What if someone told you that the absolute truth or true reality is actually just the same as the illusion or false reality? What if you're told that the truth you are searching for is actually right in front of you?
Quite a bummer, isn’t it? But let me answer that for you with this story.
Once upon a time, a German psychiatrist and philosopher named Karl Theodor Jaspers proposed the idea that during a certain period in human history, the major belief systems (religions) that exist today emerged and began to develop simultaneously and independently in China, India, Persia, Judea, and Greece. This was the period from 800 to 200 BC.
He also identified a number of key thinkers who had a profound influence in the development of these belief systems. People like Socrates, Confucius, and Buddha were just some of his examples. Jaspers called this period the Axial Age.
In the Axial Age, people began to have a different kind of awareness. They started to focus more on their notions of reality and tried to examine the nature of the self. They realized that the more you actually know about yourself, the more you will be able to understand the true nature of reality.
There are many religious and spiritual traditions all over the world. The major ones that have survived for centuries since the Axial Age are the ones included in the images you see above and below. Each one has its own model of reality, but most people are unaware of the fact that these belief systems have many peculiar similarities despite of their differences in certain philosophical issues.
|Diagram by Brad Reynolds, from Ken Wilber, A Brief History of Everything, (Shambhala: Boston), 1996.|
The greatest common factor among these belief systems, perhaps, is the idea that reality is divided into several levels or realms. The reality we experience is actually just one of the many realms that compose an even larger reality. The myriad of realms and sub-realms in each religion makes it impossible for me to describe in just one article, but you can see that they generally have a relative physical reality, a subtle reality, a causal reality, and an absolute reality.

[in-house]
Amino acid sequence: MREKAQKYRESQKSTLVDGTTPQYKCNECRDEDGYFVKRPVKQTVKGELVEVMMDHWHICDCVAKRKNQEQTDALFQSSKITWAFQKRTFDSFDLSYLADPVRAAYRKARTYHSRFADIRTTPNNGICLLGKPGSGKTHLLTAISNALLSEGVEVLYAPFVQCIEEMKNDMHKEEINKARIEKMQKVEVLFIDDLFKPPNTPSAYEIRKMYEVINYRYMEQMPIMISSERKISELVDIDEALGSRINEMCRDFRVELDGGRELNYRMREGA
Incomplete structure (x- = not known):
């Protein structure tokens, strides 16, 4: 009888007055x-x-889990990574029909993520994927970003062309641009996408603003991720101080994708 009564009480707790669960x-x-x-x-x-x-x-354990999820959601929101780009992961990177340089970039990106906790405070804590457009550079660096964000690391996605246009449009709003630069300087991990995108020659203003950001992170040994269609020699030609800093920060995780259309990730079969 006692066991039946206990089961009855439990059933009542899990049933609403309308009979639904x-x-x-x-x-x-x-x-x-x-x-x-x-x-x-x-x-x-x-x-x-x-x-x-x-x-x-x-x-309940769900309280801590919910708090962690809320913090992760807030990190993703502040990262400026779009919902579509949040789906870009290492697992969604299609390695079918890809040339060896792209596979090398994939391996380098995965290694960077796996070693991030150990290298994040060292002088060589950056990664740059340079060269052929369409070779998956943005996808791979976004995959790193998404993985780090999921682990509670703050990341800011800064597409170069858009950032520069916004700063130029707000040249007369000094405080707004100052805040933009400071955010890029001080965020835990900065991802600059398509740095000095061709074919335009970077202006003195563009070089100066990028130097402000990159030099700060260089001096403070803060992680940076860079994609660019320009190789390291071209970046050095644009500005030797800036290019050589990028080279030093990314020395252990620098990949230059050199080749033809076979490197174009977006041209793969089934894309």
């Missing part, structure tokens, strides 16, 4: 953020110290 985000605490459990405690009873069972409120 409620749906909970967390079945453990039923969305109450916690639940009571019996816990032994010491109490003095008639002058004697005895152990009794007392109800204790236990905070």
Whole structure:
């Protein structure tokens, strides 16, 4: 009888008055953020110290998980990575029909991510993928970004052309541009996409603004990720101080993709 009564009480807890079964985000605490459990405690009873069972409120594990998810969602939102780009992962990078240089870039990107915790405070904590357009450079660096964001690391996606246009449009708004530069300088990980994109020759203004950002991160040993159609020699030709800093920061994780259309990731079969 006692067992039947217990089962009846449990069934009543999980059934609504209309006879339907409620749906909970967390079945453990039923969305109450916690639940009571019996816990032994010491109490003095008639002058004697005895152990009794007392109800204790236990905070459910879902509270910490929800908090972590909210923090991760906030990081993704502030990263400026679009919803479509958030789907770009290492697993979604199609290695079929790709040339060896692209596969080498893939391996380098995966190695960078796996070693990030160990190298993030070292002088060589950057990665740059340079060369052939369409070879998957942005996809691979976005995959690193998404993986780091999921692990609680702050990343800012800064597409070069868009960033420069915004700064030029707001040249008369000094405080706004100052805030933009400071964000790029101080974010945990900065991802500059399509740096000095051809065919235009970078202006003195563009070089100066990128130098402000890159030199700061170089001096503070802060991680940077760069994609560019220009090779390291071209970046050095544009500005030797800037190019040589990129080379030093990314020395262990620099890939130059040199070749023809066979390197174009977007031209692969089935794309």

Another idea that these belief systems assert is that the “Self” is divided into several aspects that correspond to each level of reality. Meaning, the physical aspect of the self exists in the physical reality, the subtle aspect exists in the subtle reality, the causal aspect exists in the causal reality, and the true Self exists in the absolute reality.
There is, however, one thing that is probably not obvious to the many followers of various belief systems. That is the proposition that all these levels of reality and aspects of the Self are but different degrees of manifestation of the same thing.
For example, some schools of Buddhism stress that there is actually no difference between Samsara (the world of illusion) and Nirvana (absolute truth) as implied by the saying "Form is emptiness; emptiness is form." For Hindus, they believe that Brahman is the origin of the phenomenal universe and that a liberated human being is one who has realized Brahman as his or her own true self. Christians, in their own special way, believe in the oneness of God and all of creation. (Sorry if I have left out your category)
The principle that you need to be able to reconcile truth and illusion is actually quite simple. The principle is called non-duality, which means that all phenomena are inseparable. As usual, there are many views regarding non-duality, but you need not confuse yourself. Just think of it this way:
Every phenomenon in the Universe and every object that exists must be simultaneously a cause and an effect of something else. You cannot just say, for example, that a child was born because of the union of two married couples. You'd have to consider everything else that happened even before those two couples met each other, and that includes the coming into into being of humans, the planets, the sun, the stars, the galaxies, and the whole Universe itself.
Additionally, a cause depends on its effect to be a cause as effect depends on its cause to be an effect. Without the cause, there can be no effect, and without the effect, there cannot be any cause. No matter how you look at it, you won't be able to find any line that separates the two. There is no exact point when and where a cause becomes an effect.
If you reflect upon this for some time, it becomes quite clear that all things do not exist separately. We could also argue that without the absolute, there can be no relative; without the relative, there can be no absolute. Without the truth, there can be no illusion; without the illusion, there cannot be truth. You are, in essence, a part of “other” realities as they are a part of you. It is only because of the mind’s need to create a distinction that the illusion of separateness arises in oneself.